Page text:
Everything You Ever Wanted to Know About Episcopalians (but Were Afraid to Ask)
In the Episcopal Church we have a unique and exciting way of telling the Christian story. Grounded in the rich Catholic and Protestant heritage of the church, we seek to reach out to the world of the future. We draw on the 3000-year history of Biblical writings, as well as the movement of the Spirit into the twenty-first century. We seek to include children, men and women of all ages, races, backgrounds and lifestyles."
The Greek word for "bishop" is "Episcopos". The word "Episcopal" means "governed by bishops." The Episcopal Church maintains the order of ministry handed down by the Apostles - deacons, priests and bishops. Episcopalians believe that its ministers, via the laying on of hands, follow the line of the original Apostles. Please keep in mind "Episcopal" is an adjective: "I belong to the Episcopal Church." "Episcopalian" is a noun: "I am an Episcopalian."
Episcopalians celebrate the sovereignty of God and the reality of Christ who is revealed to us in love. Christ in not simply a man who lived long ago but a living presence among those who seek to serve, to forgive, to heal and to reconcile.
We may read of Jesus in Scripture; we may learn of him through study and prayer; we may respond to the proclamation of his Word and sing his praise; but we will only truly know him through breaking bread with other people. "If you have love for one another, then everyone will know that you are my disciples" (John 13:35).
The Episcopal Church is that community of Christians who trace their roots to English settlers who arrives in America and founded the Church of England congregations. The Protestant Episcopal church was organized after the War of Independence. Samuel Seabury, our first bishop, was consecrated by bishops in Scotland in 1784. In 1789, the General Convention adopted a constitution, canons and a revised Book of Common Prayer.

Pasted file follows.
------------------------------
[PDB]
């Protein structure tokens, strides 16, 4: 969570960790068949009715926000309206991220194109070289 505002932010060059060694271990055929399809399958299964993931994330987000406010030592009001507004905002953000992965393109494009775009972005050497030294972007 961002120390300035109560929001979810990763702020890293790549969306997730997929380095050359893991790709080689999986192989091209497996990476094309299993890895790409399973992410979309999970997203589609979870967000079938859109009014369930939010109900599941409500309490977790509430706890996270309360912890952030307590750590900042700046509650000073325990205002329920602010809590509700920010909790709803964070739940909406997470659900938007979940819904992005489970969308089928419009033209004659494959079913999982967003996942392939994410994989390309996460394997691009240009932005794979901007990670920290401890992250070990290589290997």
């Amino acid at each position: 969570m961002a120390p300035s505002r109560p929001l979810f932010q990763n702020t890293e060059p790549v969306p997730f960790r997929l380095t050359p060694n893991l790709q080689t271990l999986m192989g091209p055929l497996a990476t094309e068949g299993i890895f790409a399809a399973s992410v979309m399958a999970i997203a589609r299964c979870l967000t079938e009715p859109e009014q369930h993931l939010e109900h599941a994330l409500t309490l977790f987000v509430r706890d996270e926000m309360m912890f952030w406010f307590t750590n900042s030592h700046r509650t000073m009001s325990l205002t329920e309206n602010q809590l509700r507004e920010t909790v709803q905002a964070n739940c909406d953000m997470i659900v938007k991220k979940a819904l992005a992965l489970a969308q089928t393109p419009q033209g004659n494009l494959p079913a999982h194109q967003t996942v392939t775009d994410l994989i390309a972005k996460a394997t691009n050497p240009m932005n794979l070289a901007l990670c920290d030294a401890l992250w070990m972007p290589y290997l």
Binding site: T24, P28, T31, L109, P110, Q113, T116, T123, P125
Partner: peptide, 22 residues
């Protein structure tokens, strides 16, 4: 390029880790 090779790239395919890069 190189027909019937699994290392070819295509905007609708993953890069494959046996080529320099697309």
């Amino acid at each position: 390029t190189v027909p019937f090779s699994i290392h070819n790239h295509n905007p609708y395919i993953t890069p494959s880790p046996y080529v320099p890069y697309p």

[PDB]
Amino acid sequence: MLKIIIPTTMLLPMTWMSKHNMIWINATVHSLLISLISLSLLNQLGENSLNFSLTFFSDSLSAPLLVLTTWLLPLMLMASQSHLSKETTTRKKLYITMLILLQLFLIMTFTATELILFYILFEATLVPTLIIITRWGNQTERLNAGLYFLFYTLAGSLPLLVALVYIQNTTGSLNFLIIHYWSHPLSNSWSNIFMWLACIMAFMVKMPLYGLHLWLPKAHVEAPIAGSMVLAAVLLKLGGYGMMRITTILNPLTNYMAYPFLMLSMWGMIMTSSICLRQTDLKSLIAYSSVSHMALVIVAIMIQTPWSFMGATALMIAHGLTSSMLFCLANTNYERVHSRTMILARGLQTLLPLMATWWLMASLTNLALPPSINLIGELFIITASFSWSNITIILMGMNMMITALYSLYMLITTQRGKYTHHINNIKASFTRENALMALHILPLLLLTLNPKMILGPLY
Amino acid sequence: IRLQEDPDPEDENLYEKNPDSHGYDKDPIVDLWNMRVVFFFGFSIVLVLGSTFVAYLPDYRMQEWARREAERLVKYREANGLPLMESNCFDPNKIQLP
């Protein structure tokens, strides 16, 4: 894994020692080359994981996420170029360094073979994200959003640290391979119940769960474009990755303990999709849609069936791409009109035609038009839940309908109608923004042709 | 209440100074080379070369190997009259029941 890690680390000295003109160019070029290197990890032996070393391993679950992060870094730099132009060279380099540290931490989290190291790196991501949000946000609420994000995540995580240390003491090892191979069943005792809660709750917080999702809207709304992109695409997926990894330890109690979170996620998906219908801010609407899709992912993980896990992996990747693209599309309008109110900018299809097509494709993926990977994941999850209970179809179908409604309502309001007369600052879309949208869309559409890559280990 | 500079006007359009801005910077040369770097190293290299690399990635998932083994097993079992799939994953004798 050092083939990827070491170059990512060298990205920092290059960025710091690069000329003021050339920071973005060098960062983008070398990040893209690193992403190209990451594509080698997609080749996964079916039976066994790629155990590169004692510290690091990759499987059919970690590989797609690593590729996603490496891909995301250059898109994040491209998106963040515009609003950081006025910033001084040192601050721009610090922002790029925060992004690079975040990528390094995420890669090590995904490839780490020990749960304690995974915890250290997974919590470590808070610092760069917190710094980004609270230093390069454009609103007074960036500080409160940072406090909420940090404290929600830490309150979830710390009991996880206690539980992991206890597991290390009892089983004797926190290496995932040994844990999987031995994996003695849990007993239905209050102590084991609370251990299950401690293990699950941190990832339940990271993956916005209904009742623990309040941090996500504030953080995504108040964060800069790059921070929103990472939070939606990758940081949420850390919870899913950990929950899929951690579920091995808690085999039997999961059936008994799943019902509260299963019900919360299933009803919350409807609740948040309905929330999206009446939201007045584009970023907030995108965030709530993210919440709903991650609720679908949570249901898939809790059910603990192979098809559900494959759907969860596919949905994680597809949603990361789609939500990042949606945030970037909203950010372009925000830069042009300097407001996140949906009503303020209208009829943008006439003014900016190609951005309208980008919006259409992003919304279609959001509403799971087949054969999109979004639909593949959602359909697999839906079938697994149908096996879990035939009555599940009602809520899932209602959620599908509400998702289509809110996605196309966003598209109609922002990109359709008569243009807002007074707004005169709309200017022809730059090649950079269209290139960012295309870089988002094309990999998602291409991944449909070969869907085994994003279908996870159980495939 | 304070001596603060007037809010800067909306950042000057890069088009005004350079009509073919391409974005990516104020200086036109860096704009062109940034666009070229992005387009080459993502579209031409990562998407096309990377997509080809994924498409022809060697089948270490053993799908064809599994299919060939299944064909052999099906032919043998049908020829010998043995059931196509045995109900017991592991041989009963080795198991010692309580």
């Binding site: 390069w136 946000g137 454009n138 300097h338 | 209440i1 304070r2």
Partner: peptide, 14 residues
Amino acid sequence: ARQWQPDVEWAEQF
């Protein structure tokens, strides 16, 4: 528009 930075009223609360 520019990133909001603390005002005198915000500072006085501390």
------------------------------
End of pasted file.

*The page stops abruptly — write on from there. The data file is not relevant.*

In 1821, the Episcopal Church was incorporated under its current title: The Domestic and Foreign Missionary Society of the Protestant Episcopal Church in the United States of America. This name itself tends to reflect the great importance of the English missionary societies that were so crucial to the founding, spread and strengthening of the Church in these lands.
Episcopalians are unique in many of their views when compared to other Christian denominations. They believe that many have misunderstood the "good news" of Christ on these issues:
"The Greatest Story Ever Told." The Bible is a major part of the church's heritage and contains the very core of all Christian belief and thought - "all things necessary to salvation" (The Book of Common Prayer). Literal or fundamentalist interpretations do not represent the understanding of most Episcopalians. Modern biblical research or scientific examination of Scripture is as valid and necessary an advancement as in any other field. As revelation continues, our horizons are lifted far, and our understanding of what Scripture is and means continues to grow.
"Baptize people everywhere." We believe God's love and grace are the rightful possession of all people. That love and grace are expressed through Christ's Body, the church. Thus, we bring young children to be included in this larger family and present to them the free gift which God give to all. Later, when children have "come of age," they may elect to affirm their commitment to follow Christ through Confirmation. At this point they assume the full adult responsibilities of Christian service and worship.